/*
Illustrates instability in a sort
*/
module unstable_sort
-- define a set of elements
-- with a total ordering lt
-- and some equality eq that's any equivalence
-- models idea that element equality may be determined
-- by contents of elements
sig Elt {lt, eq: set Elt}
fact {TotalOrder (Elt$lt, Elt$eq) && Equivalence (Elt$lt)}
-- define a set of indexes
-- with a total ordering lt
-- and an equality eq that is just simple equality
sig Index {lt, eq: set Index}{eq = this}
fact {TotalOrder (Index$lt, Index$eq)}
-- r is a total order, with equality decided by eq
fun TotalOrder [t] (r,eq: t->t) {
-- r is transitive
r.r in r
-- r is antisymmetric
r & ~r in eq
-- r is reflexive
eq in r
-- any pair are comparable
univ[r] in r + ~r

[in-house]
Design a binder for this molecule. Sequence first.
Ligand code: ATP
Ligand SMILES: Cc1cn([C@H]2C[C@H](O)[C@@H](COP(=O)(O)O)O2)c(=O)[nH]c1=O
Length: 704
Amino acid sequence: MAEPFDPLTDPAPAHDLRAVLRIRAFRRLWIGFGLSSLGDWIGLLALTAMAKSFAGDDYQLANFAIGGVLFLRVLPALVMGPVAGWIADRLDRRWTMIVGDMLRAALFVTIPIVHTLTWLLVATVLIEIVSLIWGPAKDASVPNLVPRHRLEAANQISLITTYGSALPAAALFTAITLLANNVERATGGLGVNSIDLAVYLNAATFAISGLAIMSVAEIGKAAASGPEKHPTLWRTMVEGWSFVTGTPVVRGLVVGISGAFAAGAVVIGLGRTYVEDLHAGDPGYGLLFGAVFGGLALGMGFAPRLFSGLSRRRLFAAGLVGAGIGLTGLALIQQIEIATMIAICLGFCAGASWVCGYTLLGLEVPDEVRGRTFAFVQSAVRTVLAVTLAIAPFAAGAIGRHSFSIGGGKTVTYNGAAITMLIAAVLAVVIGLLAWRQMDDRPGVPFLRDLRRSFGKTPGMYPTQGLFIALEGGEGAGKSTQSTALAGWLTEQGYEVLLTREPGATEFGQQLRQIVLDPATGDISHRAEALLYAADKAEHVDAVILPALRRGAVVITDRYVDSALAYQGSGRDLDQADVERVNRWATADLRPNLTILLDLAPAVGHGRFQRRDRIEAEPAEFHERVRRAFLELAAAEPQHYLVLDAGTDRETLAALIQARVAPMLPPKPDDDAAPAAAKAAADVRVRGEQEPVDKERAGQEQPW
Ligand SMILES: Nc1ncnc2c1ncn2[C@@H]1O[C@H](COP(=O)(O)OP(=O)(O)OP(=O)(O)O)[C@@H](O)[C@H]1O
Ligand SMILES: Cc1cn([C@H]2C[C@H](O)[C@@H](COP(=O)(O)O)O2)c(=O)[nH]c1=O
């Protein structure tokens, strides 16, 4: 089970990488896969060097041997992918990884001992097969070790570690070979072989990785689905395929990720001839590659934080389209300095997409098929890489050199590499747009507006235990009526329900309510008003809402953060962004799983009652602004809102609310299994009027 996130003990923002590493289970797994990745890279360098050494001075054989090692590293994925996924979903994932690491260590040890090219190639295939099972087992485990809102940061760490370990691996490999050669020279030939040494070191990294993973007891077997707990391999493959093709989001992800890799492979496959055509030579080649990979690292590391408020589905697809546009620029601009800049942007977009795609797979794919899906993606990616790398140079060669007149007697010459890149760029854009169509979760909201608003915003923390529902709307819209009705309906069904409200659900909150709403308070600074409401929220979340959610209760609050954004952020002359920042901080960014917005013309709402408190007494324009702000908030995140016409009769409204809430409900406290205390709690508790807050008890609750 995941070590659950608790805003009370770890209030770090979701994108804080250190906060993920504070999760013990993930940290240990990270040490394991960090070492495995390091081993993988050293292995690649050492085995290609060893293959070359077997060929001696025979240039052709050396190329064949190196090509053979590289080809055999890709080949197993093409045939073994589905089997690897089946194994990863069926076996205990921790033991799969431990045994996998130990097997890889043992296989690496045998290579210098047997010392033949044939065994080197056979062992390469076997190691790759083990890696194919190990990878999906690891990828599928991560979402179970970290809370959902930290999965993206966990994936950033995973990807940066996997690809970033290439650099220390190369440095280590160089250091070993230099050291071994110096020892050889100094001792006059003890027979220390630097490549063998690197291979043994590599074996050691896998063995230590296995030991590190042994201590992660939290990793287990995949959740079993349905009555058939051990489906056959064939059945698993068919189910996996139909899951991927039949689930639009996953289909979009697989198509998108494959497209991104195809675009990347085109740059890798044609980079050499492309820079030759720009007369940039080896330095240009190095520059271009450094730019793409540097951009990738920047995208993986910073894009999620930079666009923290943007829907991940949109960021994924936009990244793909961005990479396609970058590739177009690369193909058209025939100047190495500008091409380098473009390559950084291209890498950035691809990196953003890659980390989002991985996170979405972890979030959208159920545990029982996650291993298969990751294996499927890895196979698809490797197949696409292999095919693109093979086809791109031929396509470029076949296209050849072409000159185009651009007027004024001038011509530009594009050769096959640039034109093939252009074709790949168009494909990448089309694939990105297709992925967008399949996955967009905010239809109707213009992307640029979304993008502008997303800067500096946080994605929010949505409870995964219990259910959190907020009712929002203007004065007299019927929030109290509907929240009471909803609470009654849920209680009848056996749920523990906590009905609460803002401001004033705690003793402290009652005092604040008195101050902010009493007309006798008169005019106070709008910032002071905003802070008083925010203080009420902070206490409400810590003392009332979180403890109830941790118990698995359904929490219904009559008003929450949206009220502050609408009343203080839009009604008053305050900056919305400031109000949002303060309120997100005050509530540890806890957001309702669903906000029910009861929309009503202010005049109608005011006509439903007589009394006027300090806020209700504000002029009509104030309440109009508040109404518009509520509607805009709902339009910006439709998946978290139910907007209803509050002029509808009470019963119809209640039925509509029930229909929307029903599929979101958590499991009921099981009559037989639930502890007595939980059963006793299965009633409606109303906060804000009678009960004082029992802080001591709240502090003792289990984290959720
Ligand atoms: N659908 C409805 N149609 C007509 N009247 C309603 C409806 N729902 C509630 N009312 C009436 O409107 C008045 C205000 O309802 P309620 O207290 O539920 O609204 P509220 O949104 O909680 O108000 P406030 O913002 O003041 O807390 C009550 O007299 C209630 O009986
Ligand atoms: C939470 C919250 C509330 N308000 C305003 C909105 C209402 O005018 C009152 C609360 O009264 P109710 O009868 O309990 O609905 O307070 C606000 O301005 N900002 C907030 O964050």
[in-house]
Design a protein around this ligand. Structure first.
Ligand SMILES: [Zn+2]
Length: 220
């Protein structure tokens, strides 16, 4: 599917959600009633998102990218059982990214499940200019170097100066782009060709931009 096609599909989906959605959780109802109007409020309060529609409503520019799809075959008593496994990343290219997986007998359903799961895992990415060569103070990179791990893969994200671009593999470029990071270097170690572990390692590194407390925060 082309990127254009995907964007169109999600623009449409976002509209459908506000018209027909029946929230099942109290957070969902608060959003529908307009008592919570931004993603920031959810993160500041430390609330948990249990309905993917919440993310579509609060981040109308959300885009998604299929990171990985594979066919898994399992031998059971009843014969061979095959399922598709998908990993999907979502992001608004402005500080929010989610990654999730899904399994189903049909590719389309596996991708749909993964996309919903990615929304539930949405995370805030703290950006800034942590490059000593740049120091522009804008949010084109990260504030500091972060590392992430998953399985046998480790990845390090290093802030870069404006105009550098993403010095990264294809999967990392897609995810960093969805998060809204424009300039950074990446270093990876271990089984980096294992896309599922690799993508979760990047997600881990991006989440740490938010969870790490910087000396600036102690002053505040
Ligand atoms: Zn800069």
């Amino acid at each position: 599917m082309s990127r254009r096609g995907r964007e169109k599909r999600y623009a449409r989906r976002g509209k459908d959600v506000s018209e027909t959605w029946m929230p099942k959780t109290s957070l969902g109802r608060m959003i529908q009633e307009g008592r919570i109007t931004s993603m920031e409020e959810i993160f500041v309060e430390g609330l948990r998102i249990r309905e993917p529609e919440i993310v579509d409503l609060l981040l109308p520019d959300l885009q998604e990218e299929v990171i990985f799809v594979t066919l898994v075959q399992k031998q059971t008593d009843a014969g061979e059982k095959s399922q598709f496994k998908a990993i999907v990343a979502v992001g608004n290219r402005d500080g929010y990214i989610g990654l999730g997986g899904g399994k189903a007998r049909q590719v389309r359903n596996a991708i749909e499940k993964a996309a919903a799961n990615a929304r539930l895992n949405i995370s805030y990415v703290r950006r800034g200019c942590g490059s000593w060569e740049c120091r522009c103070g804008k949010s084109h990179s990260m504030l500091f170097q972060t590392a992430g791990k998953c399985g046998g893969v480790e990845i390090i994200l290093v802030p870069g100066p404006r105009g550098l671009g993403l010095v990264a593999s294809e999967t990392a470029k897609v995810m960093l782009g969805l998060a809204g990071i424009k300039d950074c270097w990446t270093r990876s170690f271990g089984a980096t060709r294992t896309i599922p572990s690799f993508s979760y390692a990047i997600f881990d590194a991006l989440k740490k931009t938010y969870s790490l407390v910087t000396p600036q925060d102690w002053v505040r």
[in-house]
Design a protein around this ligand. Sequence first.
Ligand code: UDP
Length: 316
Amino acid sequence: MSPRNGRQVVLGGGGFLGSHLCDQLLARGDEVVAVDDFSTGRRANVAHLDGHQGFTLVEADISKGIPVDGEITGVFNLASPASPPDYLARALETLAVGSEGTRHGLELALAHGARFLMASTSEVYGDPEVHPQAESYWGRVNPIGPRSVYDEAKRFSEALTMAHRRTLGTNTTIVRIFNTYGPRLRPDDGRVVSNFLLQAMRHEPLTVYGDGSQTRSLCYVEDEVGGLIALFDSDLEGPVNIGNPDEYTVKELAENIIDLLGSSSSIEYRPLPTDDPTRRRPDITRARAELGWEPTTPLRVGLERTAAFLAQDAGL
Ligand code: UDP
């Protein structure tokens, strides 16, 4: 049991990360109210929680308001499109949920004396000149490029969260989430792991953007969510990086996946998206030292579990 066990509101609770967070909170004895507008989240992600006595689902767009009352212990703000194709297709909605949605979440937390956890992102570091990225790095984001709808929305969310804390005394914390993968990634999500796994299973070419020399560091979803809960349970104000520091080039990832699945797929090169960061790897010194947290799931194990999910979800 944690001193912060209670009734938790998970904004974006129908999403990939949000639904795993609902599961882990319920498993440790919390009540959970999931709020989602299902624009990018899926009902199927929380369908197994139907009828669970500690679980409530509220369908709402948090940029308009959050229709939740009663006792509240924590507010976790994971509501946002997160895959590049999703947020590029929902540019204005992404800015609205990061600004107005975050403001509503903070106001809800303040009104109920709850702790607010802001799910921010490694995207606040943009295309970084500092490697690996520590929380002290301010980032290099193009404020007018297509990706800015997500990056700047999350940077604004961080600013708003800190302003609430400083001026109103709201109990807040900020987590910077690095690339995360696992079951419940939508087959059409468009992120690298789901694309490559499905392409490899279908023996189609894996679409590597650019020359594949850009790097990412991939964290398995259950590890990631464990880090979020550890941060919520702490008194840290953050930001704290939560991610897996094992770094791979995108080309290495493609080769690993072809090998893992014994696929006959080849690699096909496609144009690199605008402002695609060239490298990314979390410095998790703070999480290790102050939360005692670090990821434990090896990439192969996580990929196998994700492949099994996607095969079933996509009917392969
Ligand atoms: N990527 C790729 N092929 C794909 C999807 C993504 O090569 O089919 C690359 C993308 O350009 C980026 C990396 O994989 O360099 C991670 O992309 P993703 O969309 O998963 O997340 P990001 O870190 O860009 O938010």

}
-- r is an equivalence
fun Equivalence [t] (r: t->t) {
-- r is transitive
r.r in r
-- r is symmetric
r = ~r
-- r is reflexive
iden[t] in r
}
-- a' has same elements as a, but in sorted order
fun Sort (a, a': Index ->? Elt) {
-- precondition: no duplicates
#Index.a = #a
-- sorting preserves set of elements and count
Index.a = Index.a'
#a = #a'
-- after, elements are in sorted order
all i, j: a.Elt | i in j.lt => a'[i] in a'[j].lt
}
-- show a sort that exchanges two elements unnecessarily
fun Unstable (a,a': Index ->? Elt) {
Sort (a, a')
-- find two indexes such that ..
some i, j: a.Elt {
-- their elements are equivalent
a[i] in a[j].eq
-- i precedes j
i in j.lt
-- but the indexes of the elements at i and j are
-- not in the same order in a'
a'.(a[i]) !in a'.(a[j]).lt
}
}
run Unstable for 2